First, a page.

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Question

63. Deputy Eamon Scanlon asked the Tánaiste and Minister for Justice and Equality the number of Muslims who have applied for Irish citizenship in the past three years; the number of these who are legally living here for the past three years; and if she will make a statement on the matter. [17652/16]

Answer

Tánaiste and Minister for Justice and Equality (Deputy Frances Fitzgerald): The entitlement to Irish citizenship through naturalisation is governed by the provisions of the Irish Nationality and Citizenship Act 1956, as amended. Section 15 of the Act provides that the Minister may, in her absolute discretion, grant an application for a certificate of naturalisation provided certain statutory conditions are fulfilled. The conditions are that the applicant must:
- be of full age
- be of good character
- have had a period of one year's continuous residency in the State immediately before the date of application and, during the eight years immediately preceding that period, have had a further total residence in the State amounting to four years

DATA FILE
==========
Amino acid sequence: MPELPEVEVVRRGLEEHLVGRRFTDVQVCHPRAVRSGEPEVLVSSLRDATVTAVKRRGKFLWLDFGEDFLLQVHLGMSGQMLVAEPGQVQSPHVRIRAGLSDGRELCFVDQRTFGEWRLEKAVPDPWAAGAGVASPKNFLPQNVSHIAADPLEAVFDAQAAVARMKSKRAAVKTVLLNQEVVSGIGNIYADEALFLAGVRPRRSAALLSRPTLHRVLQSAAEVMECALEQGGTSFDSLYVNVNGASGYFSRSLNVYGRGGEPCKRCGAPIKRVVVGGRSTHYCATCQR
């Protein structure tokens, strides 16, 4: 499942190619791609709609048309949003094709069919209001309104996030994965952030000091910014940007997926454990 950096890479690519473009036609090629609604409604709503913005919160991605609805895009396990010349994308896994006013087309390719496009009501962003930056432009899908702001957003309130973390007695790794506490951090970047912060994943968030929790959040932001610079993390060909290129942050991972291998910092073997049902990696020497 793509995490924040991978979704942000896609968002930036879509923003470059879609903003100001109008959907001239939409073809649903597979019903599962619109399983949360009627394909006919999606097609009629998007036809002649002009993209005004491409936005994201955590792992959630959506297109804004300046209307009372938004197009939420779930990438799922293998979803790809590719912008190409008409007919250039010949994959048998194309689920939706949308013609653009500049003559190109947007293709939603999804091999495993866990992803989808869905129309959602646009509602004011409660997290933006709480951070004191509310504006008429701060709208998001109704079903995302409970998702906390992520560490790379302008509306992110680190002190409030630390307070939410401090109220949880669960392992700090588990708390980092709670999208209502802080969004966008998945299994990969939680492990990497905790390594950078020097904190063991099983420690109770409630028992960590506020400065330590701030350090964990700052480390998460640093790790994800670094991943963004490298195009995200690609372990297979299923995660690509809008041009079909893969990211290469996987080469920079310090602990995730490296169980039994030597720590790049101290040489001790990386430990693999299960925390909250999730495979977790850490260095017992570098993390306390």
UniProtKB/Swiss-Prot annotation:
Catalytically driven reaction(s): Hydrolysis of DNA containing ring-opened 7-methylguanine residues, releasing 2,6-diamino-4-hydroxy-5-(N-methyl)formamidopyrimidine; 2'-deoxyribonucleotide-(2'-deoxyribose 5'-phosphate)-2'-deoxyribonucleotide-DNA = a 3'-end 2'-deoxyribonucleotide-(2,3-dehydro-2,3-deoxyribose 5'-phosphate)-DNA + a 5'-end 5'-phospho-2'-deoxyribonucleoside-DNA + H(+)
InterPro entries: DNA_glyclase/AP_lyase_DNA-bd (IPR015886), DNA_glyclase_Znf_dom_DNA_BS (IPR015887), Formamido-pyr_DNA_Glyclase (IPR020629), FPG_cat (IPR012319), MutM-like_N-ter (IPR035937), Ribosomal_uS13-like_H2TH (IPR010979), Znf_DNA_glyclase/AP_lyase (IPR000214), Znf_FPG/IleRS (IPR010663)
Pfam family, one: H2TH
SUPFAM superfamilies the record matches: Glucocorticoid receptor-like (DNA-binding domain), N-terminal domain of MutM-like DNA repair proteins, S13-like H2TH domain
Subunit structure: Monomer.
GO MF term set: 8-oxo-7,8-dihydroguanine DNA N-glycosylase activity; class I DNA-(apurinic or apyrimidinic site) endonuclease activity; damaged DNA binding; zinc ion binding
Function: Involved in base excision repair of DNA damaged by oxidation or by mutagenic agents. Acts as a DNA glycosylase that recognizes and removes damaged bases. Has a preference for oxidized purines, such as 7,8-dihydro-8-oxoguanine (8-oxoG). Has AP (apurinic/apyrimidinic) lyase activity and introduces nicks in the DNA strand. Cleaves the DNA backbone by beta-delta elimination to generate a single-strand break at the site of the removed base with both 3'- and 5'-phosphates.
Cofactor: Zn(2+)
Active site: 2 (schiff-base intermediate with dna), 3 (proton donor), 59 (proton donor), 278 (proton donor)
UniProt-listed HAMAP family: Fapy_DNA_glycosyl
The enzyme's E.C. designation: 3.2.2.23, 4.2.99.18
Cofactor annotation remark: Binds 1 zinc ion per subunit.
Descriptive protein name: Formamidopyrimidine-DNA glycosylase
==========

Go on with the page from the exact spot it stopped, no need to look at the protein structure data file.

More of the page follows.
- intend in good faith to continue to reside in the State after naturalisation
- have, before a judge of the District Court in open court, in a citizenship ceremony or in such manner as the Minister, for special reasons, allows—
(i) made a declaration, in the prescribed manner, of fidelity to the nation and loyalty to the State, and (ii) undertaken to faithfully observe the laws of the State and to respect its democratic values.
The accompanying Regulations, SI No. 569 of 2011, prescribes the form to be used by a person applying for citizenship and details the information to be provided by the applicant. In accordance with the provisions of the Act as outlined above, this information does not include any requirement for details of a person's religion and accordingly the information sought by Deputy is not available.